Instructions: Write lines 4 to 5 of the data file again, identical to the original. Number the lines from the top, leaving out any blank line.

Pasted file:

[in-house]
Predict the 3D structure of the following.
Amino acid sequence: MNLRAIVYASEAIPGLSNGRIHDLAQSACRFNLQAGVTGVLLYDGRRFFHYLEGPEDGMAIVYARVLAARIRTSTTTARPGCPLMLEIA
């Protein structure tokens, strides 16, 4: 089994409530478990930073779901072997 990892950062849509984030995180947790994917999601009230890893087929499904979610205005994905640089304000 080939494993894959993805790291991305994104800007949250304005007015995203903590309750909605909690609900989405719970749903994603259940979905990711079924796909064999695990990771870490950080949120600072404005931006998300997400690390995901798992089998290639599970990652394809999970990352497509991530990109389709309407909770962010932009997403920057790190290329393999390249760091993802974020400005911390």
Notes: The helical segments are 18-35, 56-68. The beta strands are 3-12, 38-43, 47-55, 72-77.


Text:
């Protein structure tokens, strides 16, 4: 089994409530478990930073779901072997 990892950062849509984030995180947790994917999601009230890893087929499904979610205005994905640089304000 080939494993894959993805790291991305994104800007949250304005007015995203903590309750909605909690609900989405719970749903994603259940979905990711079924796909064999695990990771870490950080949120600072404005931006998300997400690390995901798992089998290639599970990652394809999970990352497509991530990109389709309407909770962010932009997403920057790190290329393999390249760091993802974020400005911390």
Notes: The helical segments are 18-35, 56-68. The beta strands are 3-12, 38-43, 47-55, 72-77.